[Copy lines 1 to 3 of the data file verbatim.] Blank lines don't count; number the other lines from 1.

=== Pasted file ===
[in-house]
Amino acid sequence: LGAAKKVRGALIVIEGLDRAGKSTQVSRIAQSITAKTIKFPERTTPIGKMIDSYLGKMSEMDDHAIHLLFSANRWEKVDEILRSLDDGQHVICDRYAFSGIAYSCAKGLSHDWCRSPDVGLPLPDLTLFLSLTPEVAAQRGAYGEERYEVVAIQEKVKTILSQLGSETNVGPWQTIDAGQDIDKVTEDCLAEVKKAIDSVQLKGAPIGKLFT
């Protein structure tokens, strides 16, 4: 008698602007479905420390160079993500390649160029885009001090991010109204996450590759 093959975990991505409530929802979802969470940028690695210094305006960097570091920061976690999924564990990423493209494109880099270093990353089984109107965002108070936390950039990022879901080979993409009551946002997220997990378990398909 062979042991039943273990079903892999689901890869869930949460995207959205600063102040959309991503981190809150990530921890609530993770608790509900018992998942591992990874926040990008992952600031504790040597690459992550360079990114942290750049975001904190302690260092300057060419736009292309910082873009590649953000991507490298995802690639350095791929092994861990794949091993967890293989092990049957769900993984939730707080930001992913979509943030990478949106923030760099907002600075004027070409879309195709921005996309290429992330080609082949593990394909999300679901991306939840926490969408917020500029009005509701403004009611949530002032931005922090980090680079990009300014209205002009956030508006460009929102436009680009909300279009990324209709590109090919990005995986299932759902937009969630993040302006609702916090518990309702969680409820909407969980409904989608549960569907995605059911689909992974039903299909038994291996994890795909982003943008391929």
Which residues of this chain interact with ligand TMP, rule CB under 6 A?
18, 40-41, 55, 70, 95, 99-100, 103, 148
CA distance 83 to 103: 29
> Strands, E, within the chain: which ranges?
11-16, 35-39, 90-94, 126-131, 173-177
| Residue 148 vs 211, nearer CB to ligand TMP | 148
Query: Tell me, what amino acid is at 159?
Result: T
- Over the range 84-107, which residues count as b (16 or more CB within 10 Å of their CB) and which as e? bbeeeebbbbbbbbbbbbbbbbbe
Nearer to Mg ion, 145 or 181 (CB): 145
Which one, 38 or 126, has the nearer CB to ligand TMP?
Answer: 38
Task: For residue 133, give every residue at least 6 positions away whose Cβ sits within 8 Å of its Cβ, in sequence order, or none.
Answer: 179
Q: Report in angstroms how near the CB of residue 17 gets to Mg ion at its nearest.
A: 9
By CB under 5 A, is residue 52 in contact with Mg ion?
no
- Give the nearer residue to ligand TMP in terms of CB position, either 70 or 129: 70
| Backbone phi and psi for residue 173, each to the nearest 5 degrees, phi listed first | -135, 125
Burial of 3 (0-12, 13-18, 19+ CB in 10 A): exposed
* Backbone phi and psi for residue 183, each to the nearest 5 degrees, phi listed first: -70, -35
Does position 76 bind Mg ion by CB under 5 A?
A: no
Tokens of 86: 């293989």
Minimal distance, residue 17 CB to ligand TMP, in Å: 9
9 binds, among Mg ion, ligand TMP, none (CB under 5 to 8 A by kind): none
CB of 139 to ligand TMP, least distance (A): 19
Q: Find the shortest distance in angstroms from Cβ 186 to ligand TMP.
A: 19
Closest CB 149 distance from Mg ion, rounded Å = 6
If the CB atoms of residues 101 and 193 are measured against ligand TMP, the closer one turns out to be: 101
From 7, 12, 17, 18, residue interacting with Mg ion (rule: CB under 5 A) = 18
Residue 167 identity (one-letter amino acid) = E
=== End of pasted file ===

[in-house]
Amino acid sequence: LGAAKKVRGALIVIEGLDRAGKSTQVSRIAQSITAKTIKFPERTTPIGKMIDSYLGKMSEMDDHAIHLLFSANRWEKVDEILRSLDDGQHVICDRYAFSGIAYSCAKGLSHDWCRSPDVGLPLPDLTLFLSLTPEVAAQRGAYGEERYEVVAIQEKVKTILSQLGSETNVGPWQTIDAGQDIDKVTEDCLAEVKKAIDSVQLKGAPIGKLFT
């Protein structure tokens, strides 16, 4: 008698602007479905420390160079993500390649160029885009001090991010109204996450590759 093959975990991505409530929802979802969470940028690695210094305006960097570091920061976690999924564990990423493209494109880099270093990353089984109107965002108070936390950039990022879901080979993409009551946002997220997990378990398909 062979042991039943273990079903892999689901890869869930949460995207959205600063102040959309991503981190809150990530921890609530993770608790509900018992998942591992990874926040990008992952600031504790040597690459992550360079990114942290750049975001904190302690260092300057060419736009292309910082873009590649953000991507490298995802690639350095791929092994861990794949091993967890293989092990049957769900993984939730707080930001992913979509943030990478949106923030760099907002600075004027070409879309195709921005996309290429992330080609082949593990394909999300679901991306939840926490969408917020500029009005509701403004009611949530002032931005922090980090680079990009300014209205002009956030508006460009929102436009680009909300279009990324209709590109090919990005995986299932759902937009969630993040302006609702916090518990309702969680409820909407969980409904989608549960569907995605059911689909992974039903299909038994291996994890795909982003943008391929």